Wednesday,19 September, 2018
Current issue | Issue 1312, (22-28 September 2016)
Wednesday,19 September, 2018
Issue 1312, (22-28 September 2016)

Ahram Weekly

Cairo backs Libyan stance

It is a truism of both history and geography that Egyptian-Libyan ties are crucial to the national security of both countries, writes Ahmed Amer

Al-Ahram Weekly

In televised statements and during meetings in New York, where he is attending the inauguration of United Nations General Assembly, President Abdel-Fattah Al-Sisi made a point of referring to the mounting terrorist danger along Egypt’s western border with Libya. Egypt is fighting terrorism inside the country and along its borders, warned Al-Sisi. It is involved in an existential battle that must be won if Egypt is not to succumb to the fate of other states in the region.  

Terrorist groups began consolidating their influence in Libya following the February 2011 Revolution which toppled the Qaddafi regime, leaving Egypt with no choice but to grapple with the Libyan question and, by extension, support the Libyan people’s own fight against terrorism.  

Before the UN General Assembly’s inaugural ceremonies began, Al-Sisi declared his support for the Libyan army and House of Representatives on the grounds that they represented the popular will of Libyans. He also voiced growing concern that the success of military operations against extremist elements in Iraq and Syria is driving increasing numbers of terrorists to Libya. Egyptian intelligence agencies have monitored an influx of extremists into Libya in recent months.

Cairo is not restricting its response to the Libyan crisis to statements of moral support. Egypt is providing the Libyan army with training and, together with Russia and China, opposed proposals by UN Special Envoy to Libya Martin Kobler – made at the request of Western powers – to impose sanctions on the Libyan army.

Libyan Armed Forces commander Field Marshal Khalifa Haftar responded to Cairo’s position by saying “Egypt’s presence at the side of the Libyan army inspires us with the confidence that we are not alone in this world.”

Cairo remains suspicious that some Western and regional powers are meddling in Libya with the aim of imposing an Islamist agenda and/or fostering endemic terrorism. Amr Abul Atta, Egypt’s Permanent Representative to the United Nations, stated clearly that Cairo has no intention of abandoning Libya to the whims of foreign agendas and will not allow regional or international forces to intervene in the Libyan arena.

“In the General Assembly President Abdel-Fattah Al-Sisi pressed the Egyptian view on resolving regional crises while preserving regional stability. He also outlined political and economic developments in Egypt,” said Foreign Minister Sameh Shoukri.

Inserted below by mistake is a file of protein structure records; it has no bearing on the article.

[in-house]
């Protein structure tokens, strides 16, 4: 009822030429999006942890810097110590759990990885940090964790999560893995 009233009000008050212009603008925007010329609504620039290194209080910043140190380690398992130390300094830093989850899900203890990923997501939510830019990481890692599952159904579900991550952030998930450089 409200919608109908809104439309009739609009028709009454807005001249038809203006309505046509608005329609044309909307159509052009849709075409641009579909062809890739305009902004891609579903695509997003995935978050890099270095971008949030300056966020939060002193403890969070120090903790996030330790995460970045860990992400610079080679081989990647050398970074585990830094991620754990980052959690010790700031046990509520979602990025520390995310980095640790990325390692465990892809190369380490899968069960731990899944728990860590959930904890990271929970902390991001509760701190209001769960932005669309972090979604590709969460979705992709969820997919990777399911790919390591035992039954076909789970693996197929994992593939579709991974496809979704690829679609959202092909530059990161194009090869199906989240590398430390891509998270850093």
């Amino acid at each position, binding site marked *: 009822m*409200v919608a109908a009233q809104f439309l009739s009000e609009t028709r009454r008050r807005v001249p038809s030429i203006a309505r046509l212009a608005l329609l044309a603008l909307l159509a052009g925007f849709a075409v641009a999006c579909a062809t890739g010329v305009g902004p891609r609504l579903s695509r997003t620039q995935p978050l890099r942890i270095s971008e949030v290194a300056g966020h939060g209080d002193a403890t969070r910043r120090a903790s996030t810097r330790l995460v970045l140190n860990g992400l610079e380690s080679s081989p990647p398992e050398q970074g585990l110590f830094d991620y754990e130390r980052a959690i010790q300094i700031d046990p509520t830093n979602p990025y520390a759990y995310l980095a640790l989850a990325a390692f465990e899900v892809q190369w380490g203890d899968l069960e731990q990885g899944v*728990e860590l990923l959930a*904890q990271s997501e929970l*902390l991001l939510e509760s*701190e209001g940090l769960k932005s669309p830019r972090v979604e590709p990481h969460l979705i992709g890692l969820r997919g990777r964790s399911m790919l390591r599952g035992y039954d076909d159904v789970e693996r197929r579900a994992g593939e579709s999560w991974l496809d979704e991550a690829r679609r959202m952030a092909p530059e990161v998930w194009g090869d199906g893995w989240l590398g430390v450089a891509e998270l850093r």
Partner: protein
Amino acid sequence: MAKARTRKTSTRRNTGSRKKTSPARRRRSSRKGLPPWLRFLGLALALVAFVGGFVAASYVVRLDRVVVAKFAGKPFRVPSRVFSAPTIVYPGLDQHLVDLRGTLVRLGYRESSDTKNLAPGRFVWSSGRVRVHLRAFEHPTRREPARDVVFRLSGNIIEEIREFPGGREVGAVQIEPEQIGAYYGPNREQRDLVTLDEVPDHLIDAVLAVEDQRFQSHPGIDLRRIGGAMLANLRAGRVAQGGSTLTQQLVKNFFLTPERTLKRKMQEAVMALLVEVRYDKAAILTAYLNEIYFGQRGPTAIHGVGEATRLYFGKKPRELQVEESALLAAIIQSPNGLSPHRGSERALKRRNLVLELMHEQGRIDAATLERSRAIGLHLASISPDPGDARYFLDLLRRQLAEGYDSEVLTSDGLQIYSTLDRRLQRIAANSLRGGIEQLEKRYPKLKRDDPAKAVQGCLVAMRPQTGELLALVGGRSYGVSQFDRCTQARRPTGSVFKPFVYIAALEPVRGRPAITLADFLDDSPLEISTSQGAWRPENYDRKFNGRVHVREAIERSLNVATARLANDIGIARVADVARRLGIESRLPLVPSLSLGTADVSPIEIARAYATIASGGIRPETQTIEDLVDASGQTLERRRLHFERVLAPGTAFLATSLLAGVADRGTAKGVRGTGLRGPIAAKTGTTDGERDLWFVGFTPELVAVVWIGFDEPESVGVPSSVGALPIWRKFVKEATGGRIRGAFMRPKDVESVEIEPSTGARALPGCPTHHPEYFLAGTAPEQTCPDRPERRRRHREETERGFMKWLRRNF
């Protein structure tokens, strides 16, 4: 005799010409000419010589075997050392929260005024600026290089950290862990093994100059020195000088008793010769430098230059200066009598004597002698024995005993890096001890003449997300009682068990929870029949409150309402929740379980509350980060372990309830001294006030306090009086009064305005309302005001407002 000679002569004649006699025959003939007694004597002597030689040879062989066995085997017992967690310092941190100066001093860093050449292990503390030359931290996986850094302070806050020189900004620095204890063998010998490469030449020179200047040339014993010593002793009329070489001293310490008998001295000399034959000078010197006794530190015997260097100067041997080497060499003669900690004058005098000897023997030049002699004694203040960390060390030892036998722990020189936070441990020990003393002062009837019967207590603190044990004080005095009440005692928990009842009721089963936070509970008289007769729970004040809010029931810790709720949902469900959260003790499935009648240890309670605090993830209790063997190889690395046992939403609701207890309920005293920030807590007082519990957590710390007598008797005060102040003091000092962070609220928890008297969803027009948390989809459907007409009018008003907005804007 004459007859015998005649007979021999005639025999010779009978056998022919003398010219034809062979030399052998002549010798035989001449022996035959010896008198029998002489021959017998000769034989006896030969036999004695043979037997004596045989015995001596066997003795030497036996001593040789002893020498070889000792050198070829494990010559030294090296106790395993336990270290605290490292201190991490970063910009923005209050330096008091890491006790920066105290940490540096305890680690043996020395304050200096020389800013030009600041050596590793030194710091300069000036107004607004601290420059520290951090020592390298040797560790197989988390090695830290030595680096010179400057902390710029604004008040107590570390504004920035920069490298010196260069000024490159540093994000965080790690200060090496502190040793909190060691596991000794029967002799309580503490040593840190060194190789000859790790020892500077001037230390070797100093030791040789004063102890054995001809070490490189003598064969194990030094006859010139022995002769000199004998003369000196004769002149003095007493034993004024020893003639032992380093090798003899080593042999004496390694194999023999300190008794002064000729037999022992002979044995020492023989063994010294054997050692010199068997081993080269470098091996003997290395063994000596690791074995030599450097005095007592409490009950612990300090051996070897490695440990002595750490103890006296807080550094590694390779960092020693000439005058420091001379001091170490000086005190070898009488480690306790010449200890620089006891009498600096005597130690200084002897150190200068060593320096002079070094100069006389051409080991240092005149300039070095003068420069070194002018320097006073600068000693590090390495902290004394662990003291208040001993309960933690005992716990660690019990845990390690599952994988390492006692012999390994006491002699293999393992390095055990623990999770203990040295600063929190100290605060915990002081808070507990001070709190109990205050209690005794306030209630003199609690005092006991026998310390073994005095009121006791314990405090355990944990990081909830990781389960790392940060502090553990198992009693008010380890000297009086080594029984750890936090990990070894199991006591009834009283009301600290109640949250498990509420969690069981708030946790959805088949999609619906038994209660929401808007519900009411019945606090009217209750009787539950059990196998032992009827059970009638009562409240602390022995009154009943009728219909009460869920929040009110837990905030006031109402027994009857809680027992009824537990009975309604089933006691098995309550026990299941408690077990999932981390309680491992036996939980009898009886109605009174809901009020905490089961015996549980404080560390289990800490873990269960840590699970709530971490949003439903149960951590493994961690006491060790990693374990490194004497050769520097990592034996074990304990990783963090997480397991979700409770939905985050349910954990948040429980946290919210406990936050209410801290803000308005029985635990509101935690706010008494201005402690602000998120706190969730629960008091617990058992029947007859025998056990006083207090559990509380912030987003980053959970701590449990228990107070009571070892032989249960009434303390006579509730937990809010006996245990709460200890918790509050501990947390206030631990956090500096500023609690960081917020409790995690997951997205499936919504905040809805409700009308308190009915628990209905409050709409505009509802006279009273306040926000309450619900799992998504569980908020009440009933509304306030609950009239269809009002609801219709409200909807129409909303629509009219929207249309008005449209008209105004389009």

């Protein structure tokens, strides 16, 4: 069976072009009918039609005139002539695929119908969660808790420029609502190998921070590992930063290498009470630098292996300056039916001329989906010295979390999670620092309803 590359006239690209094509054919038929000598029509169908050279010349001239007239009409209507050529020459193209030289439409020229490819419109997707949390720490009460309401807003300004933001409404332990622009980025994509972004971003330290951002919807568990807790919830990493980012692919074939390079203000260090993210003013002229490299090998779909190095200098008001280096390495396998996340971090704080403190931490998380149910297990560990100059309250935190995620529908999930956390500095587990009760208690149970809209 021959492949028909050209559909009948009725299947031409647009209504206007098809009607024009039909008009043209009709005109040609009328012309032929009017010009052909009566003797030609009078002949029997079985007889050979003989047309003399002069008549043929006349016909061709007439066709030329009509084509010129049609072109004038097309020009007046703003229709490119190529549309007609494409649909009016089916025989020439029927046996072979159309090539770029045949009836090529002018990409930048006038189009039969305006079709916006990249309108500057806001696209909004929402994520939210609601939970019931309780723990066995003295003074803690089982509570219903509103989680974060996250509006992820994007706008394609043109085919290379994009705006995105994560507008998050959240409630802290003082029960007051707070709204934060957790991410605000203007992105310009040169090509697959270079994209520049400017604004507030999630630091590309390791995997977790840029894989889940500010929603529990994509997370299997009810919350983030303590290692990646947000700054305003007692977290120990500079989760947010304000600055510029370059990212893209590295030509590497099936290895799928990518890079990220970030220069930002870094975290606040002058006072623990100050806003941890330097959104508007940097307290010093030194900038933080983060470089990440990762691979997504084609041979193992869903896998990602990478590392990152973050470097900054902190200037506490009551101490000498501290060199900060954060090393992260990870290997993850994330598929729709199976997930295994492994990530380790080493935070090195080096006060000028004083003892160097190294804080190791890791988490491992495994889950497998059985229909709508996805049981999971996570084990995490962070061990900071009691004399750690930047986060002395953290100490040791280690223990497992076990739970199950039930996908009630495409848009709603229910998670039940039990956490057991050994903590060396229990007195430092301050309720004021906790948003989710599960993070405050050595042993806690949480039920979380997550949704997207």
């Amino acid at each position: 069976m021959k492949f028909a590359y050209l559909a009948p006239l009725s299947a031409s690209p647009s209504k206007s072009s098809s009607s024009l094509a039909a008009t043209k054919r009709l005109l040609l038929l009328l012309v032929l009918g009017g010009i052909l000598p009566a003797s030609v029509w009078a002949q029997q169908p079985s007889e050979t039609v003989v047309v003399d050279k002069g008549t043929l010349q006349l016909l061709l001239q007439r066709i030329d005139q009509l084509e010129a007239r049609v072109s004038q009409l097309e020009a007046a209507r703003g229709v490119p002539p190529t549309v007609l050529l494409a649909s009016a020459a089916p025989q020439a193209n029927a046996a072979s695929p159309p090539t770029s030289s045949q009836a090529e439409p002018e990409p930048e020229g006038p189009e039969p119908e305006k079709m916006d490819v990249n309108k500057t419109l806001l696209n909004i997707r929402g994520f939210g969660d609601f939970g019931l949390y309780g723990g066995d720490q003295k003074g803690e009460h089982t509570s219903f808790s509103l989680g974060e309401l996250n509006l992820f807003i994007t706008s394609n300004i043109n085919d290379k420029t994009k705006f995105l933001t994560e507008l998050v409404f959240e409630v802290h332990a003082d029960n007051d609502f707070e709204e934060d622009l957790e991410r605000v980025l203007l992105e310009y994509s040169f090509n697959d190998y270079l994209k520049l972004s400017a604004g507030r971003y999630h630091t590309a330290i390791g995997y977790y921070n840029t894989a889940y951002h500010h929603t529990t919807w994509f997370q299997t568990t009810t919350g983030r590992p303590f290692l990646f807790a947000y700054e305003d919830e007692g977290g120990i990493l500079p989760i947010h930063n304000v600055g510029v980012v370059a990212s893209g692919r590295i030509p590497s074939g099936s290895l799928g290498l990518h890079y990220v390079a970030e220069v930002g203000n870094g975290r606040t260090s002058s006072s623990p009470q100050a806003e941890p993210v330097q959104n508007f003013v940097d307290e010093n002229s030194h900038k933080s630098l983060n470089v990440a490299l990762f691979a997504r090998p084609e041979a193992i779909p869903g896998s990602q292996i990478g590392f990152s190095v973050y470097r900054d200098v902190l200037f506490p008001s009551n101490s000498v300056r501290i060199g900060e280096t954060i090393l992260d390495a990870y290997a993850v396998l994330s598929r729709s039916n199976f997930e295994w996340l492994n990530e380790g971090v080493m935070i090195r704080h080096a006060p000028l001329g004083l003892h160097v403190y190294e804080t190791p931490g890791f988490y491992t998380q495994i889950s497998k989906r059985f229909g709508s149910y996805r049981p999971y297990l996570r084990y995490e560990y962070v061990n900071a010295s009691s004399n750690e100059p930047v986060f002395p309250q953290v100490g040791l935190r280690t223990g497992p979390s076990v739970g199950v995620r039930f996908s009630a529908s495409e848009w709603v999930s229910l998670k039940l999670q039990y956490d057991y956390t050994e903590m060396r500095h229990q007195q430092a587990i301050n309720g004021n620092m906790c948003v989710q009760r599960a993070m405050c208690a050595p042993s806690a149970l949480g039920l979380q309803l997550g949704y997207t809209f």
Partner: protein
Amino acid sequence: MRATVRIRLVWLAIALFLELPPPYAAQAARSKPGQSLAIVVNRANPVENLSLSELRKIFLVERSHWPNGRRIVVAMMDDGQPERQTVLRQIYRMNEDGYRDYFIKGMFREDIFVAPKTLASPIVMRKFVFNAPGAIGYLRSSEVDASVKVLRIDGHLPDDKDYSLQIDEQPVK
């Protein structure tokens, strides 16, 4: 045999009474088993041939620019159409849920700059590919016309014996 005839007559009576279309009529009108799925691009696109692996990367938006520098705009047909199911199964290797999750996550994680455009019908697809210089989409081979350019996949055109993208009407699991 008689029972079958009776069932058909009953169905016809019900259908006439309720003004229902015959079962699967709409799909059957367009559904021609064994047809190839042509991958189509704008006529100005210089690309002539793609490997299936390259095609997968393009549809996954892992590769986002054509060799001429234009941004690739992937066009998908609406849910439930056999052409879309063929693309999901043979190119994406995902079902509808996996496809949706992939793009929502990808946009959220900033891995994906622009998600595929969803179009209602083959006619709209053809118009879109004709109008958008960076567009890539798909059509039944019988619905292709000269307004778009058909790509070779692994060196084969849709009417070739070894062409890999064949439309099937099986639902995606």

Shoukri stressed that to restore stability to Libya it is necessary to implement the Libyan Political Agreement signed in Skhirat in December last year. It is for this reason, he said, that Egypt supported the Libyan national army and its actions to safeguard security and secure Libya’s petroleum wealth.

Shoukri said the call by Washington and five European capitals for the Libyan army, under the command of Haftar, to withdraw from the petroleum crescent area after its success in freeing the oil fields from the grip of armed gangs was hasty and failed to take the domestic situation in Libya into account.  

Indeed, such calls beg the question of whether the West is serious about helping Libya rid itself of terrorism.

 “After the February 2011 Revolution the West failed to follow through on what it had begun and left Libya prey to more than 1,700 militias,” says Khaled Al-Torjuman, chairman of the National Working Group and an advisor to the Libyan House of Representatives.

“Organisations with long records of terrorist activity, boasting expertise and regional support, succeeded in seizing control of the weapon arsenals of Qaddafi’s forces and infiltrated government and military institutions. Khaled Al-Sherif, a member of the Libyan Islamic Fighting Group (LIFG) and once a prisoner in Guantanamo, was appointed deputy minister of defence. His comrade Abdel-Hakim Belhaj took control over the Mitiga Airport in Tripoli. Because the army had collapsed extremist groups quickly seized control of entire cities. Terrorism proliferated. Assassinations of Libyan army officers began, starting with General Abdel-Fattah Younis who was killed in March 2011. Around 2,000 army officers were killed across Libya. Benghazi, which fell under the control of Ansar Al-Sharia, a group which is ideologically affiliated with Al-Qaeda, saw the bulk of these assassinations.”